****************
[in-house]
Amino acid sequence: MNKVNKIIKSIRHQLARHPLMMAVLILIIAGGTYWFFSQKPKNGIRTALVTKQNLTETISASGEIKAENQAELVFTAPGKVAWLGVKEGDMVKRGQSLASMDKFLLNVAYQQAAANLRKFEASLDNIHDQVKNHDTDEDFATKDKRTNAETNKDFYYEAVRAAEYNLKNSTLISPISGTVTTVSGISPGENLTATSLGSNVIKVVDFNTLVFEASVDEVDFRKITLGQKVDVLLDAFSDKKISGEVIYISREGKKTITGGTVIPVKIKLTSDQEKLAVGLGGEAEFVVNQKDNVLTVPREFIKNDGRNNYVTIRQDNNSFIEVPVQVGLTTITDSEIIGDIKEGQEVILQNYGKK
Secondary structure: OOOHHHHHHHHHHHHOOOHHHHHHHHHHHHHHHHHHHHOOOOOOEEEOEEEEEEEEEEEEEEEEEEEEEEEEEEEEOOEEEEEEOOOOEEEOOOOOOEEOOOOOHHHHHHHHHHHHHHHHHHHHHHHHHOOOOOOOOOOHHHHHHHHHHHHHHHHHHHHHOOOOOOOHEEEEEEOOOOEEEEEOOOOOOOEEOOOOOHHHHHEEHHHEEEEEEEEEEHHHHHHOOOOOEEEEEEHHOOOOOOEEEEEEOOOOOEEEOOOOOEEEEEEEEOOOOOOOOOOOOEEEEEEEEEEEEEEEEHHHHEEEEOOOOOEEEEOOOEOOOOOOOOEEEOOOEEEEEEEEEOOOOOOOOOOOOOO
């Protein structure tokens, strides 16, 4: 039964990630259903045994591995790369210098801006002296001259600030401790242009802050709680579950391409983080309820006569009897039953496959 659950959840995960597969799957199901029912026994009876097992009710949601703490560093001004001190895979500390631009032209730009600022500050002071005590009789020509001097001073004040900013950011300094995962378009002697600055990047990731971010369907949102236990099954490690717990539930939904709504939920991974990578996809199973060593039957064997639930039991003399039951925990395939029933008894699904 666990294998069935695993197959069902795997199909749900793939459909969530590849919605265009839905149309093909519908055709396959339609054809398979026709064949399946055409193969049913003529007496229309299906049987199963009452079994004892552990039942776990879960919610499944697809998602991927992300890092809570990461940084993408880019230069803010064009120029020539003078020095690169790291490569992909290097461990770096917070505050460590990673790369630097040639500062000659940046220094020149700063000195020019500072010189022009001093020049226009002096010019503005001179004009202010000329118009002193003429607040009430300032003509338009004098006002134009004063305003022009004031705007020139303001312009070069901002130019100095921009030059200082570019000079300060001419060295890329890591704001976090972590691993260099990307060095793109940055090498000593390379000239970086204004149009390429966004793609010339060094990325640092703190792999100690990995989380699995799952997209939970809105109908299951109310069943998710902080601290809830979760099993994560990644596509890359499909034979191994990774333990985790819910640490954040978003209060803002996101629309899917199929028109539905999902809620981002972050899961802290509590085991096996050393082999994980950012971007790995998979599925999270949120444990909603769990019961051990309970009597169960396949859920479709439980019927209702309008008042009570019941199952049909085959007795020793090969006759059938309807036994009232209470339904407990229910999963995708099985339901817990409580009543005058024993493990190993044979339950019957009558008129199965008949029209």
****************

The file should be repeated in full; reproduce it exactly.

[in-house]
Amino acid sequence: MNKVNKIIKSIRHQLARHPLMMAVLILIIAGGTYWFFSQKPKNGIRTALVTKQNLTETISASGEIKAENQAELVFTAPGKVAWLGVKEGDMVKRGQSLASMDKFLLNVAYQQAAANLRKFEASLDNIHDQVKNHDTDEDFATKDKRTNAETNKDFYYEAVRAAEYNLKNSTLISPISGTVTTVSGISPGENLTATSLGSNVIKVVDFNTLVFEASVDEVDFRKITLGQKVDVLLDAFSDKKISGEVIYISREGKKTITGGTVIPVKIKLTSDQEKLAVGLGGEAEFVVNQKDNVLTVPREFIKNDGRNNYVTIRQDNNSFIEVPVQVGLTTITDSEIIGDIKEGQEVILQNYGKK
Secondary structure: OOOHHHHHHHHHHHHOOOHHHHHHHHHHHHHHHHHHHHOOOOOOEEEOEEEEEEEEEEEEEEEEEEEEEEEEEEEEOOEEEEEEOOOOEEEOOOOOOEEOOOOOHHHHHHHHHHHHHHHHHHHHHHHHHOOOOOOOOOOHHHHHHHHHHHHHHHHHHHHHOOOOOOOHEEEEEEOOOOEEEEEOOOOOOOEEOOOOOHHHHHEEHHHEEEEEEEEEEHHHHHHOOOOOEEEEEEHHOOOOOOEEEEEEOOOOOEEEOOOOOEEEEEEEEOOOOOOOOOOOOEEEEEEEEEEEEEEEEHHHHEEEEOOOOOEEEEOOOEOOOOOOOOEEEOOOEEEEEEEEEOOOOOOOOOOOOOO
């Protein structure tokens, strides 16, 4: 039964990630259903045994591995790369210098801006002296001259600030401790242009802050709680579950391409983080309820006569009897039953496959 659950959840995960597969799957199901029912026994009876097992009710949601703490560093001004001190895979500390631009032209730009600022500050002071005590009789020509001097001073004040900013950011300094995962378009002697600055990047990731971010369907949102236990099954490690717990539930939904709504939920991974990578996809199973060593039957064997639930039991003399039951925990395939029933008894699904 666990294998069935695993197959069902795997199909749900793939459909969530590849919605265009839905149309093909519908055709396959339609054809398979026709064949399946055409193969049913003529007496229309299906049987199963009452079994004892552990039942776990879960919610499944697809998602991927992300890092809570990461940084993408880019230069803010064009120029020539003078020095690169790291490569992909290097461990770096917070505050460590990673790369630097040639500062000659940046220094020149700063000195020019500072010189022009001093020049226009002096010019503005001179004009202010000329118009002193003429607040009430300032003509338009004098006002134009004063305003022009004031705007020139303001312009070069901002130019100095921009030059200082570019000079300060001419060295890329890591704001976090972590691993260099990307060095793109940055090498000593390379000239970086204004149009390429966004793609010339060094990325640092703190792999100690990995989380699995799952997209939970809105109908299951109310069943998710902080601290809830979760099993994560990644596509890359499909034979191994990774333990985790819910640490954040978003209060803002996101629309899917199929028109539905999902809620981002972050899961802290509590085991096996050393082999994980950012971007790995998979599925999270949120444990909603769990019961051990309970009597169960396949859920479709439980019927209702309008008042009570019941199952049909085959007795020793090969006759059938309807036994009232209470339904407990229910999963995708099985339901817990409580009543005058024993493990190993044979339950019957009558008129199965008949029209």